BoatU.S. Services: Three towing ports including TowBoatU.S. Annapolis, and 10+ BoatU.S. Cooperating
Marinas offering discounts on repairs, transient slips, fuel.
winter temp. 38 to
80 summer. Light
winds in August
area, plenty of
family. 16% state
estate tax on
estates of more
than $1 million
Bay is full of rivers, coves, anchorages
12 full-service boatyards and 18 marinas in Annapolis
area, dozens of
services, 5 West
Marine stores nearby. Slips $2,000-
depending on size,
location. Docking in/
harbor is pricey
County Hospital |
Baltimore: Top-rated Johns
Hopkins Hospital |
VA Medical Centers
( 31 miles); Reagan
( 40 miles); Dulles
Airport ( 65 miles)
boating, fishing on
Home to the U.S.
St. John’s College.
State House briefly
the meeting place
Museum, filled with
models of warships through the
Washington, and St.
Mary’s City, home
of English settlers
PRICE $351, 100
living costs generally track with home prices.
If they’re higher than the national average,
everything else is likely to be more expensive.
Ask yourself, would I be happy in that town
if I didn’t have a boat?
Spend time in the community. Visit the
local yacht club, chamber of commerce, and
some marinas; ask about prices (for slips,
standard boat-maintenance tasks, winter storage), boatyard rules about DIY, maintenance,
yacht-club membership, and so on. Visit places
they recommend. If you’re a fisherman, drop
plenty of small
COST OF LIVING
17.5% above the
TAXES 2%- 5.75%
state income tax;
6% state sales tax;
10% state inheritance tax except
MID-ATLANTIC SAILING CAPITAL. Chesapeake Bay and tributaries are laden
with history and scores of rivers, inlets, and waterside communities. Downside:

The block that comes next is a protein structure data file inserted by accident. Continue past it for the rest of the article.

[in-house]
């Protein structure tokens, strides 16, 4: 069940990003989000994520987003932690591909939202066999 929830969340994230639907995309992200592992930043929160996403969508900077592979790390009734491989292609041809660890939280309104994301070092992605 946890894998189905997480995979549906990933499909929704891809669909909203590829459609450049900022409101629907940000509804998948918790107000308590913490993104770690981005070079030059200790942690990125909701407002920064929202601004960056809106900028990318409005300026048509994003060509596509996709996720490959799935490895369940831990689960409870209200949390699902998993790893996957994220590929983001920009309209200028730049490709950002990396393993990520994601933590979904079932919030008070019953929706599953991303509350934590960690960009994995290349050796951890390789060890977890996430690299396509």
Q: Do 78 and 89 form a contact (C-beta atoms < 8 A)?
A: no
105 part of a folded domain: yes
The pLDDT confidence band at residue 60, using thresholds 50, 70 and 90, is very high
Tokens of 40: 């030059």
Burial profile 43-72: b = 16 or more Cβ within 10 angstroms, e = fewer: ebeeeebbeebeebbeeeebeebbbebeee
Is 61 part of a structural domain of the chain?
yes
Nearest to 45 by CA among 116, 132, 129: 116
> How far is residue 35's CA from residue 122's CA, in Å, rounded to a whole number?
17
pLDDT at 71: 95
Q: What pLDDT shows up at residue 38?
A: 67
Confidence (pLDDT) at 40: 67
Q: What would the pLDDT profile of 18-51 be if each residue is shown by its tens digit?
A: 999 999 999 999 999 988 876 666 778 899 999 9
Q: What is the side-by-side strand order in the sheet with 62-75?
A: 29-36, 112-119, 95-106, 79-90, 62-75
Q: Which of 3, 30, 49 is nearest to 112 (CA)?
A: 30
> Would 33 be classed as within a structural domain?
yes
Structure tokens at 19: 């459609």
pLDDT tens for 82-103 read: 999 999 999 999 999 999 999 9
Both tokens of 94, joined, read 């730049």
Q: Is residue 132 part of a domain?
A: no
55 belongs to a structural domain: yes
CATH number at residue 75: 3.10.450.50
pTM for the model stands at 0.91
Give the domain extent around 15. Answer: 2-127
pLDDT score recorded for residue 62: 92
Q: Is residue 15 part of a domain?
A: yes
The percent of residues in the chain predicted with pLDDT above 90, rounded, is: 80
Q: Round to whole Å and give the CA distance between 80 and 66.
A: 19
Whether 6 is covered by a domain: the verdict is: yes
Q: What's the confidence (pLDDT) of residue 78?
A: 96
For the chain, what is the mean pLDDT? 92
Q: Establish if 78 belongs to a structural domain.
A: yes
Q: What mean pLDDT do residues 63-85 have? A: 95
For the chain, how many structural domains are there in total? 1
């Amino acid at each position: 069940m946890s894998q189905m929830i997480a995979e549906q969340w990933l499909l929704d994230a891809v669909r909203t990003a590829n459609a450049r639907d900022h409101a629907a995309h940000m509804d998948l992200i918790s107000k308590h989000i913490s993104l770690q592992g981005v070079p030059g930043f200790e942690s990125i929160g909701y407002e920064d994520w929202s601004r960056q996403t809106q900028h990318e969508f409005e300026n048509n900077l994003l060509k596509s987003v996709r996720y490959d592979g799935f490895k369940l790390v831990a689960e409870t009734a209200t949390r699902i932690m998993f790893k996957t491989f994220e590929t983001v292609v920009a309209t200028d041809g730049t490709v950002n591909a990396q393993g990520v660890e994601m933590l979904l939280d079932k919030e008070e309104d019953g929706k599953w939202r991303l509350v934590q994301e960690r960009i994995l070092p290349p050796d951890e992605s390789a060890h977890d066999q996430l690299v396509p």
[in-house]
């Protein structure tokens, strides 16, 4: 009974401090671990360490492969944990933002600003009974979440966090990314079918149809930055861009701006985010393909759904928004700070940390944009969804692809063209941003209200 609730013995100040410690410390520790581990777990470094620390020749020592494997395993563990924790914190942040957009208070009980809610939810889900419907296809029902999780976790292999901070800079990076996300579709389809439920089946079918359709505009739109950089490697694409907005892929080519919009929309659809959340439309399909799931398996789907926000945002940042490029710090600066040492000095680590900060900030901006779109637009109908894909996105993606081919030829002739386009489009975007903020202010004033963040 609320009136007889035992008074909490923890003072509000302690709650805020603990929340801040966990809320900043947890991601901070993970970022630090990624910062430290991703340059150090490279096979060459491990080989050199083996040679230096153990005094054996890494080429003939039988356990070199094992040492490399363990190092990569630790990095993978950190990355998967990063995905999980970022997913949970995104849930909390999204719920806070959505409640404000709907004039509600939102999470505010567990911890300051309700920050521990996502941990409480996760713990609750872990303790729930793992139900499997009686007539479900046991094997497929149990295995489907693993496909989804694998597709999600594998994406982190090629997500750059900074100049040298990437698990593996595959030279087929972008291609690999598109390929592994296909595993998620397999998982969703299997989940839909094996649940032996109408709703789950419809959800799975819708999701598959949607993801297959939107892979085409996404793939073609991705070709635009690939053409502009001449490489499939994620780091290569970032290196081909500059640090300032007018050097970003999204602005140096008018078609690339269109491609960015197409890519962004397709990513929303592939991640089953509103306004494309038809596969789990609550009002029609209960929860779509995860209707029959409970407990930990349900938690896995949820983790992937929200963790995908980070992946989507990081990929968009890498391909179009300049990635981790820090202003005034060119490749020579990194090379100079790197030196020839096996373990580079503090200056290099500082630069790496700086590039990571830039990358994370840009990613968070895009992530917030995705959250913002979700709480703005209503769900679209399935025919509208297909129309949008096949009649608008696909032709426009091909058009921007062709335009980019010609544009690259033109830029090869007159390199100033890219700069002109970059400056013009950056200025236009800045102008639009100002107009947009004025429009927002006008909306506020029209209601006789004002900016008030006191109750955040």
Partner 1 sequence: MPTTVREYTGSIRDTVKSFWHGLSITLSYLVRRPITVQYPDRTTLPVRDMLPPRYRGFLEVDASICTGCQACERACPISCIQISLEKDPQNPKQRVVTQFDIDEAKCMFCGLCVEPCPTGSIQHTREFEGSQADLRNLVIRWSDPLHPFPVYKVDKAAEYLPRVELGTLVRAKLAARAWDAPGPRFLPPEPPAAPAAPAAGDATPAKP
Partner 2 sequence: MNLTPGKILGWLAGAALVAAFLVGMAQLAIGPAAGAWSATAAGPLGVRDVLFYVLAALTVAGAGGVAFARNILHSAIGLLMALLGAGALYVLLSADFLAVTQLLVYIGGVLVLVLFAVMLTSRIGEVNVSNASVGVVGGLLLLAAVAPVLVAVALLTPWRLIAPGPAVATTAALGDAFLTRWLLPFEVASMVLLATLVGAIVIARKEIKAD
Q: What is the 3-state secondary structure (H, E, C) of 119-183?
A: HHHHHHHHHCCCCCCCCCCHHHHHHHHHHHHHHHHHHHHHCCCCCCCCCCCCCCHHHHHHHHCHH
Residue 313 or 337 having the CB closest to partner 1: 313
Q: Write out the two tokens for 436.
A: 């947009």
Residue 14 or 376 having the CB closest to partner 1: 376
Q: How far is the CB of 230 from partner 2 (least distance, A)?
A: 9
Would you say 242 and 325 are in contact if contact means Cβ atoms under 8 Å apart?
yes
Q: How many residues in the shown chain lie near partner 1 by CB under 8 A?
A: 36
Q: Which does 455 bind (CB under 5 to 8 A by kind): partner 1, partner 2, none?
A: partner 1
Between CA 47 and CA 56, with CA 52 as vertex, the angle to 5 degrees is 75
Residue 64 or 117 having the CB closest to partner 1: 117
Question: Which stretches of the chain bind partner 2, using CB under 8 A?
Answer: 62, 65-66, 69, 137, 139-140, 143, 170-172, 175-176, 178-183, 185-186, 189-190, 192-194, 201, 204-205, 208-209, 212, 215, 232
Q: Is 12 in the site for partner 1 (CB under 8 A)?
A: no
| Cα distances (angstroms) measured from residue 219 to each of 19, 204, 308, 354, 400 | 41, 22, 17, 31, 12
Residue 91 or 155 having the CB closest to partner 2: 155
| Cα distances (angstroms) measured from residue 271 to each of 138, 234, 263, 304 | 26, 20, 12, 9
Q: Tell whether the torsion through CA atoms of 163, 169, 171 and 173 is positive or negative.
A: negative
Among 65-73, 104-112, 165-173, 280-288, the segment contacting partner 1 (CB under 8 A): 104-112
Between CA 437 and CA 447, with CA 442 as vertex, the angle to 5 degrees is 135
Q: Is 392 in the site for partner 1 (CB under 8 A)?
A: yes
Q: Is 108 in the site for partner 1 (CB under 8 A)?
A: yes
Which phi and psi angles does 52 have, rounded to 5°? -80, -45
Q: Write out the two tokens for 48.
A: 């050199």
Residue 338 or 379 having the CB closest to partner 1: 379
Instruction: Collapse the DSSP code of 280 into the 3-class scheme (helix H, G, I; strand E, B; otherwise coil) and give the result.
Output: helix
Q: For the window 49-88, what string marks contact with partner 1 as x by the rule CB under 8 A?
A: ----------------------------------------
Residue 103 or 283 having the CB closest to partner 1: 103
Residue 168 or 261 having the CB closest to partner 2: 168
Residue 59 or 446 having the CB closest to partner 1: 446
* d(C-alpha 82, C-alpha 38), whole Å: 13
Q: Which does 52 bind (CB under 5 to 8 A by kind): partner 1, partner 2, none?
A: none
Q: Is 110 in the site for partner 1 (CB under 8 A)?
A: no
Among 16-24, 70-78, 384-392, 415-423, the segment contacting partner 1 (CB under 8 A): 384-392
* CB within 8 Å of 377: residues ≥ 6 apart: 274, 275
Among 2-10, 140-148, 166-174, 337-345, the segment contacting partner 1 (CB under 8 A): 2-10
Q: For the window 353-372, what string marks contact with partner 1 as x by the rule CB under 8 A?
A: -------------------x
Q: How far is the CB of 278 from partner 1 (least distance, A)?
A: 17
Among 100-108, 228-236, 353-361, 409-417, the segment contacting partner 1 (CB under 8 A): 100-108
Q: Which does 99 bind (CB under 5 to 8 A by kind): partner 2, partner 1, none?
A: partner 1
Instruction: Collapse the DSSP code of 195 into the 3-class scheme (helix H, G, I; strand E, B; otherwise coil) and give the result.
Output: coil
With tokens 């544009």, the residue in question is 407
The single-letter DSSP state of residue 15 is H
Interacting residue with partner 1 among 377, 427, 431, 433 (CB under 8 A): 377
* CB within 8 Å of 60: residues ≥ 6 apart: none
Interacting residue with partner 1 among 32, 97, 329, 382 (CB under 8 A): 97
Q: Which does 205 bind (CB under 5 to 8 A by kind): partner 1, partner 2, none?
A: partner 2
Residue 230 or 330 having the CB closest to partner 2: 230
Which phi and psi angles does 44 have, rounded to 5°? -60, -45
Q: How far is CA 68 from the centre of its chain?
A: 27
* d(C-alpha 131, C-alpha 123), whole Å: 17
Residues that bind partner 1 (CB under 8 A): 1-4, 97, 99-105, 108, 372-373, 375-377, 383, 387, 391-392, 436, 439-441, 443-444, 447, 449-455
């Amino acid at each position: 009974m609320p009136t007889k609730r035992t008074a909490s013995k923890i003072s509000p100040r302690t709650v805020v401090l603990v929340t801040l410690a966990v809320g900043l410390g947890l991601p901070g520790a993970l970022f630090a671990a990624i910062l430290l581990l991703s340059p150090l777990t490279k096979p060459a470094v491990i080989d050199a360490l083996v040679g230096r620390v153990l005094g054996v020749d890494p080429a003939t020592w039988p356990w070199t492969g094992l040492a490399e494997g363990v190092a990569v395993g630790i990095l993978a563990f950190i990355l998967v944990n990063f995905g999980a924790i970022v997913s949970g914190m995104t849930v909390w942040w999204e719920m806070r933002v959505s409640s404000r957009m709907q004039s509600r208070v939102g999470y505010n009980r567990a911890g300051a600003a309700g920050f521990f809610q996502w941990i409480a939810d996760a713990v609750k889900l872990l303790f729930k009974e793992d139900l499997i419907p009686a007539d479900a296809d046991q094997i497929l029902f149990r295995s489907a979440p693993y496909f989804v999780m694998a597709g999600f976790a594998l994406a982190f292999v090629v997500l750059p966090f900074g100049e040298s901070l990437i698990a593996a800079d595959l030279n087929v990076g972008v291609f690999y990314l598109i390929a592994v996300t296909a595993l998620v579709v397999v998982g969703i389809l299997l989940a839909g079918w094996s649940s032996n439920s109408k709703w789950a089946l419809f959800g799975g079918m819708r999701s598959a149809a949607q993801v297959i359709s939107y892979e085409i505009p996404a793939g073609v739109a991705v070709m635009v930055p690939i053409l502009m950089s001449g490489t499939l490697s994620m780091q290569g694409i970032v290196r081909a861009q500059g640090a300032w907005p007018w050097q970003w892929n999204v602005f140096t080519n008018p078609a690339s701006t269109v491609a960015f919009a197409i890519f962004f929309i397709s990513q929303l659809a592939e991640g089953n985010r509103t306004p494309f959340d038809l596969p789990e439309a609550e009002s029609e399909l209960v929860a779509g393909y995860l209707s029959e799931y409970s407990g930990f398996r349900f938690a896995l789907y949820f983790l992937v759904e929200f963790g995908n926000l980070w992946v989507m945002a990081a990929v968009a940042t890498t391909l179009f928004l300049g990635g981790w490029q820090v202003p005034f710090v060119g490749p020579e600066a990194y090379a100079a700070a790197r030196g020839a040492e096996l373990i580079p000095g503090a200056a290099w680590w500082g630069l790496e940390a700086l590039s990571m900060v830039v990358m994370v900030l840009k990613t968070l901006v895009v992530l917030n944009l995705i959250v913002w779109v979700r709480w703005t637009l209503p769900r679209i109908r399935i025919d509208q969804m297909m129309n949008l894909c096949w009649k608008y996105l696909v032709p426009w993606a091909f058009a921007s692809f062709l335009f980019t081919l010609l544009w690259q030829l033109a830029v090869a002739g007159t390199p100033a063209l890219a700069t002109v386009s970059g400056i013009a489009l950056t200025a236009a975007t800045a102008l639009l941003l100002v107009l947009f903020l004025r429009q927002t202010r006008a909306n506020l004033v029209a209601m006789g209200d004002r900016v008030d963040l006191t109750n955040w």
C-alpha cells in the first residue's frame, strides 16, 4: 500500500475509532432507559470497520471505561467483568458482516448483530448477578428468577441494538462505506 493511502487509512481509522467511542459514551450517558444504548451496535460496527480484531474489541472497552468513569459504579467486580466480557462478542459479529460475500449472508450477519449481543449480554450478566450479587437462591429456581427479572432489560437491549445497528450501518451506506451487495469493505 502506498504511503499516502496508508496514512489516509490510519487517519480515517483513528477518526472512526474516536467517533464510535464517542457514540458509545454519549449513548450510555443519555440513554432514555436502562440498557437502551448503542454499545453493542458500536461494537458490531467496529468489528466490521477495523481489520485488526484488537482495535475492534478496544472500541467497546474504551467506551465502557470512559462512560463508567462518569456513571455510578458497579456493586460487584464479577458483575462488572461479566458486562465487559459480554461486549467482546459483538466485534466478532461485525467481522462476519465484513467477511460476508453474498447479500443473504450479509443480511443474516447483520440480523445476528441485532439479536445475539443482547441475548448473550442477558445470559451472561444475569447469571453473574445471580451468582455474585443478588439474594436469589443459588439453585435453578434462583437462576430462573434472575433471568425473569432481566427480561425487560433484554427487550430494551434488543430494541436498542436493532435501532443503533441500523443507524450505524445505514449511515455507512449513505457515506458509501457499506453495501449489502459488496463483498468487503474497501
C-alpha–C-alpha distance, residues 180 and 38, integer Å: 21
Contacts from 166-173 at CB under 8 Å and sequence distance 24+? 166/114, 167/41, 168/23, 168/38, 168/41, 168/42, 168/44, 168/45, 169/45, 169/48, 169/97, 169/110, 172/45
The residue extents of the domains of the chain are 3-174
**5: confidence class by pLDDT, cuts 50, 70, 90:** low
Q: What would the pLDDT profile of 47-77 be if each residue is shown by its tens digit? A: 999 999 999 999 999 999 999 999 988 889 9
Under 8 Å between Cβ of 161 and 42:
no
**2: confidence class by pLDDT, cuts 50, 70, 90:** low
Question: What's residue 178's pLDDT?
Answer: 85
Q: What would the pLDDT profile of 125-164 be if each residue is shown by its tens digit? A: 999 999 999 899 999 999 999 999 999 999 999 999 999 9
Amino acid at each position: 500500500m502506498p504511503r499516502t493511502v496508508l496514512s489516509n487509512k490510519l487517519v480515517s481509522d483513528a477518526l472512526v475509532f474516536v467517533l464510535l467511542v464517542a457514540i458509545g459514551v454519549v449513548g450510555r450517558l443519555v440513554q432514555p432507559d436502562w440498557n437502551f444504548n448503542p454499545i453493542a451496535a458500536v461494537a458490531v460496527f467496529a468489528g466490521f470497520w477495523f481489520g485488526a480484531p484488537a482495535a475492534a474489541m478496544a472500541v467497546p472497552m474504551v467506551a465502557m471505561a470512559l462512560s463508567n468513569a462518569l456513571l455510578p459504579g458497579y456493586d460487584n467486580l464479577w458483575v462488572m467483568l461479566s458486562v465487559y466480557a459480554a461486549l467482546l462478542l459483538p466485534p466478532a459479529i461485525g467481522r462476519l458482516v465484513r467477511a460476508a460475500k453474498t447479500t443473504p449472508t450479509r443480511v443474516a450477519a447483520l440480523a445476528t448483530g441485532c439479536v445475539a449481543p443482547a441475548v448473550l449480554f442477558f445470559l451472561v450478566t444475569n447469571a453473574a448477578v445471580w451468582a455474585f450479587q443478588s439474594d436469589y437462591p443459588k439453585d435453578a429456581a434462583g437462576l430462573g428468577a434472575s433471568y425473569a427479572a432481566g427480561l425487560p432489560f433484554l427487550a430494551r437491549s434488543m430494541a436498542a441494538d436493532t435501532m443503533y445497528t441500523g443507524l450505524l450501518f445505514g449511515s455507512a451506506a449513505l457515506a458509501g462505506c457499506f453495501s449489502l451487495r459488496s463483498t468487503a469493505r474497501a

Often windless and hot in late summer with fast-moving thunderstorms.
Chesapeake Bay, Rivers ANNAPOLIS, MD
into sporting goods stores and chat with fellow
anglers. Find a good real-estate agent, and get
familiar with the neighborhoods that fit your
style and budget. Get out on the water and see
where you’ll be boating. If you can’t bring your
boat, charter one for a few days.
“Visiting a community for extended peri-
ods is one of the most important things you
should do,” says Gabi Redford, editorial proj-
ects manager who compiles recommenda-
tions for potential retirement spots for AARP
The Magazine. Ask questions about every-
thing, says Redford, a Chesapeake Bay boater.
“Otherwise, you won’t know what it’s going
to be like in your new hometown. You may
end up bored out of your mind, and not have
suspected that until you’ve actually moved. If
you can, take your boat on your visit to get a
realistic idea of what your boating experience
in that new community will be like.”
Visit several towns or cities. Ask everyone
you meet about living costs in that com-
munity. What are income taxes, sales taxes,
property taxes, and boat-related taxes like?
Will you have to pay an ad valorem tax on
your current car or boat when you bring it
into the state? Cash outlays almost always
Be sure your spouse is on board. Kiplinger’s
Susan Garland warns that unless your husband or wife enjoys boating as much as you,